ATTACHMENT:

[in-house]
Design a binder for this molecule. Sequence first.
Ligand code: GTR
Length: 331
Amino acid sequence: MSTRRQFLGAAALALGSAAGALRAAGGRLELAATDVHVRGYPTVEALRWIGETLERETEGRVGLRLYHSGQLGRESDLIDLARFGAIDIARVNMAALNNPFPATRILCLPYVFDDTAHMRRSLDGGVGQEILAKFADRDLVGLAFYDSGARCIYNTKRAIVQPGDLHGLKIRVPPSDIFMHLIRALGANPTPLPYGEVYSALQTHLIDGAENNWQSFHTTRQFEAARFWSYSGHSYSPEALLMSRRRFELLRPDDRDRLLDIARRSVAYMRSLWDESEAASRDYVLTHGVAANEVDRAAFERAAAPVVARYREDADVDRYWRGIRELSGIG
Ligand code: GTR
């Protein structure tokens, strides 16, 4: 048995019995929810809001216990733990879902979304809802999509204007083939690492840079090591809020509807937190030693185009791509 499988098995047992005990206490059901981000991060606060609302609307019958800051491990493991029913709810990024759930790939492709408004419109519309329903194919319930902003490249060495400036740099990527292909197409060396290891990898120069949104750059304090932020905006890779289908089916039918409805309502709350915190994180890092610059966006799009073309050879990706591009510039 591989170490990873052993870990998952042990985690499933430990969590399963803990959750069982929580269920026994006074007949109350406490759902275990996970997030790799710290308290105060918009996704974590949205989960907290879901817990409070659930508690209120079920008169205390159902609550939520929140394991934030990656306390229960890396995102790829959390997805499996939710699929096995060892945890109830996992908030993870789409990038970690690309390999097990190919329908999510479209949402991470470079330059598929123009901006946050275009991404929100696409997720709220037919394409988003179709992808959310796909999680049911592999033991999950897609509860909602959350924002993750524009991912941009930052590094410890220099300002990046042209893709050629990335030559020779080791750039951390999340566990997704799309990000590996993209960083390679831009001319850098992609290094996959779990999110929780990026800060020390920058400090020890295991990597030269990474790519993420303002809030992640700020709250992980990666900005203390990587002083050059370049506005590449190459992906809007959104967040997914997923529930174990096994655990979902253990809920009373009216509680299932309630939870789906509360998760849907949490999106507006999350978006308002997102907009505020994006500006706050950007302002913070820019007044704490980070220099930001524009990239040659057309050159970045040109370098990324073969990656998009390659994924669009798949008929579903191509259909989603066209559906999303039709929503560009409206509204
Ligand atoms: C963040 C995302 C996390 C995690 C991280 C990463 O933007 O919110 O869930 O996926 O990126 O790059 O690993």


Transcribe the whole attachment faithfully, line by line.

[in-house]
Design a binder for this molecule. Sequence first.
Ligand code: GTR
Length: 331
Amino acid sequence: MSTRRQFLGAAALALGSAAGALRAAGGRLELAATDVHVRGYPTVEALRWIGETLERETEGRVGLRLYHSGQLGRESDLIDLARFGAIDIARVNMAALNNPFPATRILCLPYVFDDTAHMRRSLDGGVGQEILAKFADRDLVGLAFYDSGARCIYNTKRAIVQPGDLHGLKIRVPPSDIFMHLIRALGANPTPLPYGEVYSALQTHLIDGAENNWQSFHTTRQFEAARFWSYSGHSYSPEALLMSRRRFELLRPDDRDRLLDIARRSVAYMRSLWDESEAASRDYVLTHGVAANEVDRAAFERAAAPVVARYREDADVDRYWRGIRELSGIG
Ligand code: GTR
């Protein structure tokens, strides 16, 4: 048995019995929810809001216990733990879902979304809802999509204007083939690492840079090591809020509807937190030693185009791509 499988098995047992005990206490059901981000991060606060609302609307019958800051491990493991029913709810990024759930790939492709408004419109519309329903194919319930902003490249060495400036740099990527292909197409060396290891990898120069949104750059304090932020905006890779289908089916039918409805309502709350915190994180890092610059966006799009073309050879990706591009510039 591989170490990873052993870990998952042990985690499933430990969590399963803990959750069982929580269920026994006074007949109350406490759902275990996970997030790799710290308290105060918009996704974590949205989960907290879901817990409070659930508690209120079920008169205390159902609550939520929140394991934030990656306390229960890396995102790829959390997805499996939710699929096995060892945890109830996992908030993870789409990038970690690309390999097990190919329908999510479209949402991470470079330059598929123009901006946050275009991404929100696409997720709220037919394409988003179709992808959310796909999680049911592999033991999950897609509860909602959350924002993750524009991912941009930052590094410890220099300002990046042209893709050629990335030559020779080791750039951390999340566990997704799309990000590996993209960083390679831009001319850098992609290094996959779990999110929780990026800060020390920058400090020890295991990597030269990474790519993420303002809030992640700020709250992980990666900005203390990587002083050059370049506005590449190459992906809007959104967040997914997923529930174990096994655990979902253990809920009373009216509680299932309630939870789906509360998760849907949490999106507006999350978006308002997102907009505020994006500006706050950007302002913070820019007044704490980070220099930001524009990239040659057309050159970045040109370098990324073969990656998009390659994924669009798949008929579903191509259909989603066209559906999303039709929503560009409206509204
Ligand atoms: C963040 C995302 C996390 C995690 C991280 C990463 O933007 O919110 O869930 O996926 O990126 O790059 O690993």